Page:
• There are a few traits the Shirley character shares with the actual Shirley Jackson. Chewing out the florist, as she does in the beginning of this episode, is exactly the kind of thing Jackson did to service people who let her down. There’s a very funny instance of this in her memoir Raising Demons, in which she berates the head of the moving company who has failed to deliver her furniture. (Shirley’s love of cats is another of these traits — Jackson’s cats were famous for their litters of kittens.)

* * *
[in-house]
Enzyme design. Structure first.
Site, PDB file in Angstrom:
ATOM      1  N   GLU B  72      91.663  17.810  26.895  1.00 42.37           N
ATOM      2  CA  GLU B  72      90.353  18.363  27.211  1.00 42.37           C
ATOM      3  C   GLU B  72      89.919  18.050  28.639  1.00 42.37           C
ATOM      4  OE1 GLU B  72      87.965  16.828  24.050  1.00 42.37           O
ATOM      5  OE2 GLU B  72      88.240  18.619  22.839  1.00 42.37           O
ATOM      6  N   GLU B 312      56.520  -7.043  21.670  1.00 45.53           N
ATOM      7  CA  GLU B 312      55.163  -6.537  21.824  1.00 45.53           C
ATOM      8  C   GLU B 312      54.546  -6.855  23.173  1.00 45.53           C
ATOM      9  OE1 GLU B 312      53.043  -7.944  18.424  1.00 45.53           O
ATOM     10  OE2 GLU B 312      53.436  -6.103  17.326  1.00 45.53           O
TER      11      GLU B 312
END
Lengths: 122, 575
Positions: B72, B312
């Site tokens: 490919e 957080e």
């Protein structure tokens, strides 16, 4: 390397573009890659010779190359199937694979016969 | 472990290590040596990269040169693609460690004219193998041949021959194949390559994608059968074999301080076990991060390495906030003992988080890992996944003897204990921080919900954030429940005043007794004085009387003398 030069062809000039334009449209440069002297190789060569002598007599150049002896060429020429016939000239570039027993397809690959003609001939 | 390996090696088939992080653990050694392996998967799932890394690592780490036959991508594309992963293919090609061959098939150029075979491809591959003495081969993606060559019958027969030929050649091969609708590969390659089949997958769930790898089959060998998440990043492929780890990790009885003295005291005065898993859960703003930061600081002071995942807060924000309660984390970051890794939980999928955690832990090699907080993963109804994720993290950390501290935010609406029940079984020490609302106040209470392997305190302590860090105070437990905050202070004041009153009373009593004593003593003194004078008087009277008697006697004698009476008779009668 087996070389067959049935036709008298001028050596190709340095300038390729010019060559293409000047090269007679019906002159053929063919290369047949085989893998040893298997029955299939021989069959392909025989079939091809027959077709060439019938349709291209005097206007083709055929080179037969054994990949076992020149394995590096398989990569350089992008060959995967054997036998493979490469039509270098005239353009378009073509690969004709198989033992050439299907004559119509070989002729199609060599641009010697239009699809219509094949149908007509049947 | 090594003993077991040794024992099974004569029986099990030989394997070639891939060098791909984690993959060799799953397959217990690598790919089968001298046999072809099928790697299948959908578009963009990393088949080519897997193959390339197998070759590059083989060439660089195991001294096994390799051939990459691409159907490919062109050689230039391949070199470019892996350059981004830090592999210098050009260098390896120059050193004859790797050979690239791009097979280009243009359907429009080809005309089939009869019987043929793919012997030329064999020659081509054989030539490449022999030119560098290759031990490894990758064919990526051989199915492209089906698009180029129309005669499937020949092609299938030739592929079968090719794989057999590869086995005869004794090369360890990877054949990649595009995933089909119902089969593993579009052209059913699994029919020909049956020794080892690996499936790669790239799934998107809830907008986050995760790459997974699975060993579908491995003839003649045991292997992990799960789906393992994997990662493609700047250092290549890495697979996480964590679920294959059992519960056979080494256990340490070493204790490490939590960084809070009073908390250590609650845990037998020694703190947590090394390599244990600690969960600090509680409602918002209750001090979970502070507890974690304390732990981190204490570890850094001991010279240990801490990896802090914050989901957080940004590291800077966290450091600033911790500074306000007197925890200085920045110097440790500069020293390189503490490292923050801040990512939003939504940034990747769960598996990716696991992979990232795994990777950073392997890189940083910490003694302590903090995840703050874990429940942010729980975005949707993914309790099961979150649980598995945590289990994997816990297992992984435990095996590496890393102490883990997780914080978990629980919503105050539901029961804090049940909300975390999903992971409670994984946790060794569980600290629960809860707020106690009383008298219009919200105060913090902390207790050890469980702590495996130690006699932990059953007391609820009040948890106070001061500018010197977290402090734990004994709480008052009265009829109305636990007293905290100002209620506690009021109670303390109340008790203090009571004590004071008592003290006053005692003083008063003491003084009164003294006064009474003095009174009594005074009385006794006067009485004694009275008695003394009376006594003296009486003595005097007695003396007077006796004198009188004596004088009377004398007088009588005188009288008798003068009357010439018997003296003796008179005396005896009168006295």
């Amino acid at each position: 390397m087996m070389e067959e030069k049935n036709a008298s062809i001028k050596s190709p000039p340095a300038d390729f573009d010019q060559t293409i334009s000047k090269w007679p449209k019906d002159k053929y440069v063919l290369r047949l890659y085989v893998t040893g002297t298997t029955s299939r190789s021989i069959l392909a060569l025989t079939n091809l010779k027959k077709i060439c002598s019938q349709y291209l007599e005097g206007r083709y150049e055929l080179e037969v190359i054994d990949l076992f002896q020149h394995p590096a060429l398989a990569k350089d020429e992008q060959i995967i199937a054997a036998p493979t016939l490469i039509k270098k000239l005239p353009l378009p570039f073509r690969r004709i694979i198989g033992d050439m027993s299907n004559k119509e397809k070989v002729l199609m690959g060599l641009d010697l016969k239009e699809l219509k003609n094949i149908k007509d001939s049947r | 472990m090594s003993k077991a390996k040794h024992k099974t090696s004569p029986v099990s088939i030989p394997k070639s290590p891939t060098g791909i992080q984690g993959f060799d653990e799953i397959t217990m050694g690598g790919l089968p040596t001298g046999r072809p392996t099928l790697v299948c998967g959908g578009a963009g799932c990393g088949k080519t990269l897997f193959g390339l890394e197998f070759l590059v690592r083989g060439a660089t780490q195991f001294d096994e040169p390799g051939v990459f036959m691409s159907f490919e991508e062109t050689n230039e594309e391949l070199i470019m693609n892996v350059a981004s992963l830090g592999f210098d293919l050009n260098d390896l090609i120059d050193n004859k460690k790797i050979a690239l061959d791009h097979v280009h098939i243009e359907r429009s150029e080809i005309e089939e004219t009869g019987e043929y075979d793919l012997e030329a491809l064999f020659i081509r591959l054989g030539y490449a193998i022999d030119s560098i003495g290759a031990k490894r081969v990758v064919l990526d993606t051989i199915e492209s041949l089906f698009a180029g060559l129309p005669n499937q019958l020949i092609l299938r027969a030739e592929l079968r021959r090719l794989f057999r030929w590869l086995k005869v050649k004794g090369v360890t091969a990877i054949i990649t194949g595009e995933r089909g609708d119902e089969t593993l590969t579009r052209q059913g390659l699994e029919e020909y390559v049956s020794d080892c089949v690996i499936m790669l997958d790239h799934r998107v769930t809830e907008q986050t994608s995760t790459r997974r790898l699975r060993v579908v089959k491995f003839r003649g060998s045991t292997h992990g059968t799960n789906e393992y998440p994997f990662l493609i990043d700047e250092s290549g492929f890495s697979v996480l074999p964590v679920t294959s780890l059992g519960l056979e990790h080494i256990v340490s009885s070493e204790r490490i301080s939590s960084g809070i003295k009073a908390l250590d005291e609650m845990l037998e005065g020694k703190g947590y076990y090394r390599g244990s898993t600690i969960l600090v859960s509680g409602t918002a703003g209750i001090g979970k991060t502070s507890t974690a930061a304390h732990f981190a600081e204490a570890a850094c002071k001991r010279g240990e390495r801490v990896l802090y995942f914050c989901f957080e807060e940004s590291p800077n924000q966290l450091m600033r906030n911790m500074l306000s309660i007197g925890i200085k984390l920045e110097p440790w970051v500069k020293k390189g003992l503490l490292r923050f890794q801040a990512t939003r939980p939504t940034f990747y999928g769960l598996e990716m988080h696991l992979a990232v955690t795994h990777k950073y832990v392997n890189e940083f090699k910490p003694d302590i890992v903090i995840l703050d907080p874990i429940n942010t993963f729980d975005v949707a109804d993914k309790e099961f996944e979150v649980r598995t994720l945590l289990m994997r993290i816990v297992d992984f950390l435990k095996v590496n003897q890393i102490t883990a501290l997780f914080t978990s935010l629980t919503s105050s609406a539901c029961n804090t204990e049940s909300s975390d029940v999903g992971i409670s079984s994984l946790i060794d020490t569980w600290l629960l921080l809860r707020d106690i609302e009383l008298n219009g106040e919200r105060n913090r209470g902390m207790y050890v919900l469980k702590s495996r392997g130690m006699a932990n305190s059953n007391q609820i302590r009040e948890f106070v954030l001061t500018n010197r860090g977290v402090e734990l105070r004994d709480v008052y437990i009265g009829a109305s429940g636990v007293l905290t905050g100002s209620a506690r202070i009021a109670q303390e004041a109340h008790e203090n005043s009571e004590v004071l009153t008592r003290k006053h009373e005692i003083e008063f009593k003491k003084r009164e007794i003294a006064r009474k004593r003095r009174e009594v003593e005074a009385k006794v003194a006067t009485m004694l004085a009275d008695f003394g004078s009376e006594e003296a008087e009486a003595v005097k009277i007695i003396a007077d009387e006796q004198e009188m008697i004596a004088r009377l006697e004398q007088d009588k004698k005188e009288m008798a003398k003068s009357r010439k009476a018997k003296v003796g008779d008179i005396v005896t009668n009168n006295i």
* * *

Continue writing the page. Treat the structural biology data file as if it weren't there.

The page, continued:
• This episode again gives us reason to think that Luke, true to his namesake, is a liar and a thief. I’m going to continue to believe the best of him until proved otherwise. Although if the graveside vision he had wasn’t enough to push him back into addiction, I don’t know what would. Still, maybe there’s another explanation, like a call from Joey?